This is a significant u-turn by the NHS which had previously applied a blanket ban on all PSC contractors, insisting that every PSC contractor was caught by IR35 and must be put on the payroll.
Hopefully it will lead to other public sector hirers taking a more measured approach to IR35. If it does, it will help stop the flow of PSC contractors away from the public sector and give recruitment businesses more opportunities to fill public sector vacancies with the right talent.
As a reminder, the changes to IR35 in the public sector came into force on 6 April 2017. They shifted responsibility for determining the IR35 status of contractors working through intermediaries, normally a PSC, from the PSC to the public sector hirer.
They also shifted responsibility for accounting to HMRC for the correct income tax and NICs from the PSC to the 'fee payer'. The 'fee payer' is the entity which pays the PSC. The 'fee payer' will normally be the hirer or recruitment business as follows:
The IR35 rules in the public sector have been heavily criticised. There have been a number of incidents of highly-skilled public sector contractors moving to the private sector and public sector hirers having to increase pay rates to compensate contractors for lost remuneration.
The government has developed an online tool, the Employment Status Service, to help determine IR35 status. However, it has also been criticised for being unreliable and inaccurate.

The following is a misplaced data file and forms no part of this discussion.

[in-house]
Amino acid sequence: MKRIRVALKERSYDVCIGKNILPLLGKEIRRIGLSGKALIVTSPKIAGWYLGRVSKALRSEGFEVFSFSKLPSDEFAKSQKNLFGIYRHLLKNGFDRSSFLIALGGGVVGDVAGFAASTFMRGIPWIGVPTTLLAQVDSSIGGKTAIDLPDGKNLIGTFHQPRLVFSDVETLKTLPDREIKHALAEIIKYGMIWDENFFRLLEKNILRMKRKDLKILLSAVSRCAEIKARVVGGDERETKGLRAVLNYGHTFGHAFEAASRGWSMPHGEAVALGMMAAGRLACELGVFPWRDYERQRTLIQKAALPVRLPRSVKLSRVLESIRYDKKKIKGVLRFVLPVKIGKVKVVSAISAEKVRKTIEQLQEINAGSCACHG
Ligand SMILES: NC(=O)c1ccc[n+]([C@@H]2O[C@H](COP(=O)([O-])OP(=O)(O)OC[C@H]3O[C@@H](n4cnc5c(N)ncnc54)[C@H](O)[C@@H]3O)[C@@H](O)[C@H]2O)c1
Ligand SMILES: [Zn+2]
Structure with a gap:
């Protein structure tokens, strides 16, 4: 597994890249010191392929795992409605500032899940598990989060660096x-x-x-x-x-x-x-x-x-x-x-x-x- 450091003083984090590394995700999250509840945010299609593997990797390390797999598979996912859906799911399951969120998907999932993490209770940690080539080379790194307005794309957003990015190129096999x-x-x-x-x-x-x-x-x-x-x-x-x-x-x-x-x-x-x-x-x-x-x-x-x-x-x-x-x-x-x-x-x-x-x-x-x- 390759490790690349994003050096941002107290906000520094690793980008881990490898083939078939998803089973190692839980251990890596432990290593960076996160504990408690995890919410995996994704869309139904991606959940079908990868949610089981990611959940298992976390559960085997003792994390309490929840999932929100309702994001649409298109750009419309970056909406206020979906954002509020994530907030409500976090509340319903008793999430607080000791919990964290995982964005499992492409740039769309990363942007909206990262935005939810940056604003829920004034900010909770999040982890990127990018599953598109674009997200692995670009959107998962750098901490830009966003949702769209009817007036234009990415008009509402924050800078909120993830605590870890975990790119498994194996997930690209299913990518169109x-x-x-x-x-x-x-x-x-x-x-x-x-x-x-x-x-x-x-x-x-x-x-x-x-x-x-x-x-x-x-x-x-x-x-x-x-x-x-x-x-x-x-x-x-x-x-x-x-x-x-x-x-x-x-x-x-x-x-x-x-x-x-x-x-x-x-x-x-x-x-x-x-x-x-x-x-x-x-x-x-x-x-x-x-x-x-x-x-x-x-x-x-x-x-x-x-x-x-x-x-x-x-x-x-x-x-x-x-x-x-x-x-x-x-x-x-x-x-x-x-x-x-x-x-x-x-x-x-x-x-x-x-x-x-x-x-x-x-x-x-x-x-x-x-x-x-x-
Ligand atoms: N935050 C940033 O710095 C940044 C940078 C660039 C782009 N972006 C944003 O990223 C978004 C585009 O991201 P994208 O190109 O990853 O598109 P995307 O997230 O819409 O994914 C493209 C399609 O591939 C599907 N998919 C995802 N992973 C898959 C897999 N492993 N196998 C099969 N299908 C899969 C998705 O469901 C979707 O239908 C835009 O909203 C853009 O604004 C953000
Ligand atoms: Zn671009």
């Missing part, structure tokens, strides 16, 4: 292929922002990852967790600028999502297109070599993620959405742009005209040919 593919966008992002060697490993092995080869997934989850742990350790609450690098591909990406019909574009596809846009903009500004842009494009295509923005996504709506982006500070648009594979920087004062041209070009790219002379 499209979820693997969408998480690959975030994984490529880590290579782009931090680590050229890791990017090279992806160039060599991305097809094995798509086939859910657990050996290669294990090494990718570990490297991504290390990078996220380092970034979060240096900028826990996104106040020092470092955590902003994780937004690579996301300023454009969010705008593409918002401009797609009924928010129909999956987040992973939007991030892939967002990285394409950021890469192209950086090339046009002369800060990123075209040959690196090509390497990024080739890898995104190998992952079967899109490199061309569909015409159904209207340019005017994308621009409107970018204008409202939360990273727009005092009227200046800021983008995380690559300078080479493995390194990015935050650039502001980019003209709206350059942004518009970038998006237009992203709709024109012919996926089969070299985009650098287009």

Prior to 6 April, NHS Improvement advised the NHS that because many individuals providing services to the NHS via PSCs fall within IR35, all locum, agency and bank staff should be subject to PAYE and on payroll for the new financial year.
NHS Improvement has now adjusted its position in its publication issued 30 May 2017 - Working Through Intermediaries: IR35 Update - and has acknowledged that its blanket policy on PSC contractors was incorrect.
NHS Improvement now advises that an assessment of whether or not IR35 applies should be carried out in a fact-specific way and on a case by case basis and not by a broader classification of roles.
Therefore, the NHS will need to consider whether or not an individual in their particular situation is self-employed when they determine the application of the IR35 rules in that case. The consideration must be conducted fairly, accurately and take into account all relevant factors, including representations made by the PSC contractor.
NHS Improvement suggests that HMRC's Employment Status Service should be used to determine whether an individual should be considered employed for tax purposes. However, it goes on to say the tool is "guidance" and "does not negate the need for case-by-case scrutiny".
Our Recruitment Sector team is experienced in advising on all recruitment sector issues, including IR35 in the public sector. If you are a recruitment agency supplying into the public sector or a public sector organisation and need assistance on IR35 matters, we would be happy to help.